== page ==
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Adagio Teas
   Features  >  London Theatre Reviews

at Vaudeville Theatre


  Grace Molony and Joshua James/ Ph: Marc Brenner

Surely no one goes to an Oscar Wilde play expecting to be surprised? The most that can be hoped for is that we get exactly what we expect: a comedy of manners that is hopefully not too mannered. But for this second production on the Vaudeville Theatre’s Wilde season, director Kathy Burke delivers a genuinely unexpected moment. Or rather, her star Jennifer Saunders does.

In Wilde’s 1893 comedy, written while staying in north England’s ravishingly beautiful Lake District, from whose towns and waterways Wilde plundered his character’s names, Saunders plays the pivotal Duchess of Berwick, who informs the hitherto serene Lady Windermere (a spot-on Grace Molony in her West End debut) that her husband (po-faced Joshua James) has been regularly seen in the company of Samantha Spiro’s scandalously unattached Mrs Erlynne.

Saunders – star and co-creator of Absolutely Fabulous – turns in the kind of comedy performance that makes you wonder why on earth she’s not on stage more often. Crowned with a hat adorned by a stuffed bird of paradise, she exudes Lady Bracknell levels of haughty disdain. But after doing her damage to the Windermere marriage, Wilde gives her little reason to remain on stage, which would leave Saunders’ fans feeling shortchanged. Burke’s solution works well. The director has written a music-hall-style ditty for Saunders to sing during one of the scene changes. Saunders speaks it rather than sings it, but she squeezes every suggestive drop out of the chorus, “Keep yer hands off my fan, sir.”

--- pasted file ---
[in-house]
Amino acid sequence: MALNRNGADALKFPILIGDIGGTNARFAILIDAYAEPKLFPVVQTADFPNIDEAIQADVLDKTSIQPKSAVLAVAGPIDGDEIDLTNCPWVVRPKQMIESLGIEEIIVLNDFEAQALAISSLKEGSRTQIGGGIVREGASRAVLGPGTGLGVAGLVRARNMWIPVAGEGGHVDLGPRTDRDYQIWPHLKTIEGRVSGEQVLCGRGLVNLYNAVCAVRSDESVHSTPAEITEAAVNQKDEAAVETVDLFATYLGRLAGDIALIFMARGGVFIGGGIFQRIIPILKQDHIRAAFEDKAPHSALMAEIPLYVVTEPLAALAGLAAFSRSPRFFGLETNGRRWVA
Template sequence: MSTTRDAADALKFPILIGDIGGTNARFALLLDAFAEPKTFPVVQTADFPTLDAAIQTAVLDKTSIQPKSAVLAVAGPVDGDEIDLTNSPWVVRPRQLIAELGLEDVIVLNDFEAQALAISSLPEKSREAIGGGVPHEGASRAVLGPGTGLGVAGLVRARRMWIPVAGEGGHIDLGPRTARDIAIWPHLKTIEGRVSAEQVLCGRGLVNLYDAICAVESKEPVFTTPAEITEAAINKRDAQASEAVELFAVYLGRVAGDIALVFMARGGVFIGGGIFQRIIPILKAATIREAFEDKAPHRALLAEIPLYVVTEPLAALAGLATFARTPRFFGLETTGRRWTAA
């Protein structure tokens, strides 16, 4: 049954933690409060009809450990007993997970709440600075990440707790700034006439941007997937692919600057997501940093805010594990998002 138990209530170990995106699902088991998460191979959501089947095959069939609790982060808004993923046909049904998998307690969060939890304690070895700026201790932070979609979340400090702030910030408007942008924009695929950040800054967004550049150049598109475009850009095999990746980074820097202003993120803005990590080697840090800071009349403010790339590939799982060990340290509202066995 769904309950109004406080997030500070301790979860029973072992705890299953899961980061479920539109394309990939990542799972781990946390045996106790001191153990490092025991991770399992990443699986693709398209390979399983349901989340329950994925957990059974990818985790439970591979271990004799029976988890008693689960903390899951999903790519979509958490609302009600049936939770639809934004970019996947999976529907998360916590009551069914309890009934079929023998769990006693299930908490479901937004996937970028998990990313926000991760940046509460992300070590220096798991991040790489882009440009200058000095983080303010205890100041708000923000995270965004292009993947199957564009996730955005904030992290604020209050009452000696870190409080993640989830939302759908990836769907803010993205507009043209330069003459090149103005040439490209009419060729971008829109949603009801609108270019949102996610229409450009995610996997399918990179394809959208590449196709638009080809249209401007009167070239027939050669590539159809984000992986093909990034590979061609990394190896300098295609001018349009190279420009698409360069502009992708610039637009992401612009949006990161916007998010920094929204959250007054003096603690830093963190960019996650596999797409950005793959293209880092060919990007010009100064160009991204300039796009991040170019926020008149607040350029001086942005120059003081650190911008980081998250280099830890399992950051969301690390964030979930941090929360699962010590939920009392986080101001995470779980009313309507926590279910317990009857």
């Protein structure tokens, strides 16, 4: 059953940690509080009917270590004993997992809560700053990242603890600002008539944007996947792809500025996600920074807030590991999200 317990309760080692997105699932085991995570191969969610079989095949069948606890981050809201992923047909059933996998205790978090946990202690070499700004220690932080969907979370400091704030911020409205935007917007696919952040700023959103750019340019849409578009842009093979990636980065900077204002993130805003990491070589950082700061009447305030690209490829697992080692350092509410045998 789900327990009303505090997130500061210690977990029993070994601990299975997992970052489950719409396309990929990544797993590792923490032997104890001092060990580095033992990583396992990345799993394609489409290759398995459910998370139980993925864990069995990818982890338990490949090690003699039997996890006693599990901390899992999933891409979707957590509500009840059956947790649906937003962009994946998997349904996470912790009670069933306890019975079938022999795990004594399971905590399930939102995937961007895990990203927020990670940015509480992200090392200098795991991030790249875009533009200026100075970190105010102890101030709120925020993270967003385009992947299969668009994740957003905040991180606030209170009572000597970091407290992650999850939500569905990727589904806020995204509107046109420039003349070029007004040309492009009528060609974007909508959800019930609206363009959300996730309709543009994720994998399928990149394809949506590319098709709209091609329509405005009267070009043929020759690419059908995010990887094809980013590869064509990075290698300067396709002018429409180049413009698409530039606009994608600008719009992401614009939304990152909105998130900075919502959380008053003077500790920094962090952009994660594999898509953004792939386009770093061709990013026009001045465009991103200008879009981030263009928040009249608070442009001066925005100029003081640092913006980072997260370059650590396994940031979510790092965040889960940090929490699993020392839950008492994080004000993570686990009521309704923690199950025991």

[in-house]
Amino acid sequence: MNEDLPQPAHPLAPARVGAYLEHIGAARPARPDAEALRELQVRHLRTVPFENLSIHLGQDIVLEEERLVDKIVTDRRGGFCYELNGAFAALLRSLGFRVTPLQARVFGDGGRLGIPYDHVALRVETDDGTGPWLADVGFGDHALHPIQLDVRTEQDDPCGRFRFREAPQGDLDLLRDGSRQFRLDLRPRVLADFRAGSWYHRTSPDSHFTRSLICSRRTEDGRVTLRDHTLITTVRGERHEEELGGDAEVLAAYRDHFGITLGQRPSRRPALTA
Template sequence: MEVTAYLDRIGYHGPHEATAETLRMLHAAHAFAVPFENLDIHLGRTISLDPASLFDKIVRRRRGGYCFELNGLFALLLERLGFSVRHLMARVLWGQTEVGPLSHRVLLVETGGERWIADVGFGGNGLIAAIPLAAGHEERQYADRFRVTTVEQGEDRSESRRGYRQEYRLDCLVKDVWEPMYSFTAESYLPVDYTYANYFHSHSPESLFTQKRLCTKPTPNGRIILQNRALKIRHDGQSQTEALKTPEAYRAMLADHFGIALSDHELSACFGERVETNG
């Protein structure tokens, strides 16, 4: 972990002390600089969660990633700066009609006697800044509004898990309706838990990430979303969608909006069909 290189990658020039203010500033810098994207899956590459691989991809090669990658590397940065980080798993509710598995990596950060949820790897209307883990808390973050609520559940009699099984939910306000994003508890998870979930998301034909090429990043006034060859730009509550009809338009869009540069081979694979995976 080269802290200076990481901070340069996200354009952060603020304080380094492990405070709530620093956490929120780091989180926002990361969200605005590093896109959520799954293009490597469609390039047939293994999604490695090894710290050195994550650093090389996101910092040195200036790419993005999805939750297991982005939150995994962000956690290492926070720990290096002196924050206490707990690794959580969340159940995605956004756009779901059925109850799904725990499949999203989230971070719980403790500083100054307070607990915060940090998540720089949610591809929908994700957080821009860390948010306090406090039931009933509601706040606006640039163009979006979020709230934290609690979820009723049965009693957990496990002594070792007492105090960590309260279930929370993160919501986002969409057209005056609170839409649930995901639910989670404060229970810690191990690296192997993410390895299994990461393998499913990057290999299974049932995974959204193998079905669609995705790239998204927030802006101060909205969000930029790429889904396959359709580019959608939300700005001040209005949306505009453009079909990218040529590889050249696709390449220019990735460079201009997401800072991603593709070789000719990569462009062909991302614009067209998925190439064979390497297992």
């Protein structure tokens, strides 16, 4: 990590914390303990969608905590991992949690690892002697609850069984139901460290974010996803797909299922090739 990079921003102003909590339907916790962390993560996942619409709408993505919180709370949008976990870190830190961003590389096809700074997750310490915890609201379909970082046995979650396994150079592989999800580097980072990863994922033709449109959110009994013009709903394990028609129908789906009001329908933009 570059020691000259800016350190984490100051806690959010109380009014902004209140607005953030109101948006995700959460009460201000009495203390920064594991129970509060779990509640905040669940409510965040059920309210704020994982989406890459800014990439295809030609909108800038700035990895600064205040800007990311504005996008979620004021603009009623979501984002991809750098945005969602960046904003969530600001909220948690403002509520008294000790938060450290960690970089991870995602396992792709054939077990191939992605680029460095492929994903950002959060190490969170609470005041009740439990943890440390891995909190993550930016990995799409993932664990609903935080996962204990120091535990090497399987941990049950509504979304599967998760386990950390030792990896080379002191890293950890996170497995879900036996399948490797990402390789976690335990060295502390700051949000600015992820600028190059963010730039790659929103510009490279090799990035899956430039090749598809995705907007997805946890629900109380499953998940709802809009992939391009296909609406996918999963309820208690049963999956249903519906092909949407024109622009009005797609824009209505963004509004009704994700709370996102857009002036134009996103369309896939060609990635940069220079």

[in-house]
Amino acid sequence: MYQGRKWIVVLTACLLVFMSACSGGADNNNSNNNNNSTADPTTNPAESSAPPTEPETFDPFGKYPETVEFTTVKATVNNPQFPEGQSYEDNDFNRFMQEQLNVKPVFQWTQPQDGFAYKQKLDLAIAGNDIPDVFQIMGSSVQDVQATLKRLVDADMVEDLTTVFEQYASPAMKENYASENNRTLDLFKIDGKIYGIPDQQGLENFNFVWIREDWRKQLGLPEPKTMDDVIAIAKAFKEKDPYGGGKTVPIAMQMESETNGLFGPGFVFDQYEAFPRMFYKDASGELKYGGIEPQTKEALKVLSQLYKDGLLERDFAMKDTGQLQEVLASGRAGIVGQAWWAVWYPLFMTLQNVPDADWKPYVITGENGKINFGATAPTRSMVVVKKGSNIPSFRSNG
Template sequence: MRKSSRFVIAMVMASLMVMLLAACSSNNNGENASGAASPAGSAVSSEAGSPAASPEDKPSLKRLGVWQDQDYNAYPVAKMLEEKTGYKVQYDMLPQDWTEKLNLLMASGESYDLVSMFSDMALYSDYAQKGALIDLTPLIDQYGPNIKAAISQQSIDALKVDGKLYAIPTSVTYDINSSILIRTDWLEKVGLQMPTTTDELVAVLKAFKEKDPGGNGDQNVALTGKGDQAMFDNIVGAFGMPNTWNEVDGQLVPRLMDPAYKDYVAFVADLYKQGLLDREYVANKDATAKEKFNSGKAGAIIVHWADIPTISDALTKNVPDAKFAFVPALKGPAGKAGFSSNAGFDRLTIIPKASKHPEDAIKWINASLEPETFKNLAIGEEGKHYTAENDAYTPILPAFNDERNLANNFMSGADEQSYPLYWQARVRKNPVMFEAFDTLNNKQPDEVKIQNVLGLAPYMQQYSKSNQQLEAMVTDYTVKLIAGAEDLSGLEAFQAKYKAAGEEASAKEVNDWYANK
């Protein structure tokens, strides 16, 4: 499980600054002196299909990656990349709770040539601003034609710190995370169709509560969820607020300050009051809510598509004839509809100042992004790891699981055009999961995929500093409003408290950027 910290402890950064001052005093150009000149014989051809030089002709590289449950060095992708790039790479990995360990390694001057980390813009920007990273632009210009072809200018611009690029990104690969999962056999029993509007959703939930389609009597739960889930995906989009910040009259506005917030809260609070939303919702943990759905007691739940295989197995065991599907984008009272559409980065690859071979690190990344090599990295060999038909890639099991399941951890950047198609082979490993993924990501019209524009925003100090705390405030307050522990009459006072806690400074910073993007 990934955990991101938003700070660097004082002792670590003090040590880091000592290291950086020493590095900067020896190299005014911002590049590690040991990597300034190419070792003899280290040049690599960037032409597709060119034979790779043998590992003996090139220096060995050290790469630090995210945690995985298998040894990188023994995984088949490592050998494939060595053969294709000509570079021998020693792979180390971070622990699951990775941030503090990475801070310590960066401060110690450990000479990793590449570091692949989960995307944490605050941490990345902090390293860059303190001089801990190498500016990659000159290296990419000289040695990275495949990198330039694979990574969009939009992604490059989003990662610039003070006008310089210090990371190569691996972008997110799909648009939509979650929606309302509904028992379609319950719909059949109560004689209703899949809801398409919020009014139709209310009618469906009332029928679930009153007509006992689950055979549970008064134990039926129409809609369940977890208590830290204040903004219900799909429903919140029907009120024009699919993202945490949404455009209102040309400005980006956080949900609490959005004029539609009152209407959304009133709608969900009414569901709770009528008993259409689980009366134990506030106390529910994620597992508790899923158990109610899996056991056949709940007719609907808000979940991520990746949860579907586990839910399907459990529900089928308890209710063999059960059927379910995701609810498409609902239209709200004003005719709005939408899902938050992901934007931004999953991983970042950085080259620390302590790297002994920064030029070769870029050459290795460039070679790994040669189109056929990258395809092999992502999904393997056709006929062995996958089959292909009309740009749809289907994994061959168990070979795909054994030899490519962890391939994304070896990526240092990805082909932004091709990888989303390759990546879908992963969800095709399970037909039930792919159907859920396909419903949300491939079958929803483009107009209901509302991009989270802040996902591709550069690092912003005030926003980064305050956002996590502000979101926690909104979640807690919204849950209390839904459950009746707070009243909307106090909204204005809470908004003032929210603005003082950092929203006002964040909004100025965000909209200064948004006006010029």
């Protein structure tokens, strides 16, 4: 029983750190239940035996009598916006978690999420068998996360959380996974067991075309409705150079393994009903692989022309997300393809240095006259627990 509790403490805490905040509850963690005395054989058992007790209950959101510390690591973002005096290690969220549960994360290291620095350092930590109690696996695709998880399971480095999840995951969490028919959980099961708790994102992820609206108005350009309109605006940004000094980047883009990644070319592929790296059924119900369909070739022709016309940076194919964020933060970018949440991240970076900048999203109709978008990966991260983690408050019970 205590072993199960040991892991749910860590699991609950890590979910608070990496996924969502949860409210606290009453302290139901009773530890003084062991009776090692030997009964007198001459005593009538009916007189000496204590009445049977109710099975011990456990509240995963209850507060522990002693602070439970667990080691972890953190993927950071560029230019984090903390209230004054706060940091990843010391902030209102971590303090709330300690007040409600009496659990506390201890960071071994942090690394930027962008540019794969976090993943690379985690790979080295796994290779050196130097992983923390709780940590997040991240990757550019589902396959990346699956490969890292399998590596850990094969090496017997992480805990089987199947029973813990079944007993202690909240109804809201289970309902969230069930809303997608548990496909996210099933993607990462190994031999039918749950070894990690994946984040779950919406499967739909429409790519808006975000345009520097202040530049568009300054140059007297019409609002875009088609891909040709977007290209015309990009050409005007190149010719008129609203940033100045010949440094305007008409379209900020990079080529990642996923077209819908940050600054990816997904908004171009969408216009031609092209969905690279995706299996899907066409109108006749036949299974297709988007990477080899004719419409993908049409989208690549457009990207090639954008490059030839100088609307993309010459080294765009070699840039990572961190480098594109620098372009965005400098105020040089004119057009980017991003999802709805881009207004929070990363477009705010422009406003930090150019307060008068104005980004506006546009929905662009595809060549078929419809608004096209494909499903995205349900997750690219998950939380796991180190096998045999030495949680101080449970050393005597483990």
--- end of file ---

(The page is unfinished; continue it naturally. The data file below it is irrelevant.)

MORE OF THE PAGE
Wilde’s thin plot is the kind that relies on misunderstandings being uncorrected at every opportunity. It allows Lady Windermere to believe the (fake) news of her husband’s infidelity, and also Kevin Bishop’s Lord Darlington to make a perfect fool of himself with declarations of love for her. And with judicious cutting, Burke injects a pace to the evening that saves us from the chore of suspending disbelief.

Wilde’s themes of gender politics and power play have an unexpected potency thanks to today’s "me too" movement. Granted, they don’t have the power of Ibsen’s work, which Wilde repeatedly watched on this very stage. (Nor was that ever Wilde’s objective.) But there is substance to the audacity of Spiro’s middle-aged Mrs Erlynne, a courtesan who subverts high-society conventions with all the freedom of a roving bachelor. The sincerity with which she saves Lady Windermere from ruin saves the play from its own frivolity. Meanwhile, the Wildean wit and bon mots arrive in blizzards of sparkling repartee, which is exactly as you would expect.


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